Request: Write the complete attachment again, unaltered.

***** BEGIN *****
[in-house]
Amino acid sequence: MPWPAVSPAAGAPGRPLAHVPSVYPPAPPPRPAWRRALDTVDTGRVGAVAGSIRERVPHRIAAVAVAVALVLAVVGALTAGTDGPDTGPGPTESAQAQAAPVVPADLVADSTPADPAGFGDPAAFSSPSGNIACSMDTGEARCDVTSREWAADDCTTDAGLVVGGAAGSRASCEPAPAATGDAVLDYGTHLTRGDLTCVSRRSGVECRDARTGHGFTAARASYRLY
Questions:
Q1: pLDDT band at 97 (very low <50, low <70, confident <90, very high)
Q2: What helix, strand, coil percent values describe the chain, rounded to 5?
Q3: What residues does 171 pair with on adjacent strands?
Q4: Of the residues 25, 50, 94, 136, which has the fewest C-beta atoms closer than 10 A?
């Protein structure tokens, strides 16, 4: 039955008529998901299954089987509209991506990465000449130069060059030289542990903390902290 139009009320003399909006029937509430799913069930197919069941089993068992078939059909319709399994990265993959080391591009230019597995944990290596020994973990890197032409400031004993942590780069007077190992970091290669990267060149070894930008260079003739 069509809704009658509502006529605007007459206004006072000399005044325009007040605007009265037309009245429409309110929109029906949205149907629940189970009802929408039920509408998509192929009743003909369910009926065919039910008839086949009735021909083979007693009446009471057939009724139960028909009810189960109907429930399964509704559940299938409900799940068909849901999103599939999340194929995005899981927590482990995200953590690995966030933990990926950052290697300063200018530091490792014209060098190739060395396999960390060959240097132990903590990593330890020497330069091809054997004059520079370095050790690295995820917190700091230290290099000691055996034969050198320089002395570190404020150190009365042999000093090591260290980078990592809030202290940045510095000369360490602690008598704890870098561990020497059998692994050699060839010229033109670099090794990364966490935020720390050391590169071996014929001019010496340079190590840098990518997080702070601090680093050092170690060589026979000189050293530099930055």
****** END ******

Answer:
[in-house]
Amino acid sequence: MPWPAVSPAAGAPGRPLAHVPSVYPPAPPPRPAWRRALDTVDTGRVGAVAGSIRERVPHRIAAVAVAVALVLAVVGALTAGTDGPDTGPGPTESAQAQAAPVVPADLVADSTPADPAGFGDPAAFSSPSGNIACSMDTGEARCDVTSREWAADDCTTDAGLVVGGAAGSRASCEPAPAATGDAVLDYGTHLTRGDLTCVSRRSGVECRDARTGHGFTAARASYRLY
Questions:
Q1: pLDDT band at 97 (very low <50, low <70, confident <90, very high)
Q2: What helix, strand, coil percent values describe the chain, rounded to 5?
Q3: What residues does 171 pair with on adjacent strands?
Q4: Of the residues 25, 50, 94, 136, which has the fewest C-beta atoms closer than 10 A?
């Protein structure tokens, strides 16, 4: 039955008529998901299954089987509209991506990465000449130069060059030289542990903390902290 139009009320003399909006029937509430799913069930197919069941089993068992078939059909319709399994990265993959080391591009230019597995944990290596020994973990890197032409400031004993942590780069007077190992970091290669990267060149070894930008260079003739 069509809704009658509502006529605007007459206004006072000399005044325009007040605007009265037309009245429409309110929109029906949205149907629940189970009802929408039920509408998509192929009743003909369910009926065919039910008839086949009735021909083979007693009446009471057939009724139960028909009810189960109907429930399964509704559940299938409900799940068909849901999103599939999340194929995005899981927590482990995200953590690995966030933990990926950052290697300063200018530091490792014209060098190739060395396999960390060959240097132990903590990593330890020497330069091809054997004059520079370095050790690295995820917190700091230290290099000691055996034969050198320089002395570190404020150190009365042999000093090591260290980078990592809030202290940045510095000369360490602690008598704890870098561990020497059998692994050699060839010229033109670099090794990364966490935020720390050391590169071996014929001019010496340079190590840098990518997080702070601090680093050092170690060589026979000189050293530099930055």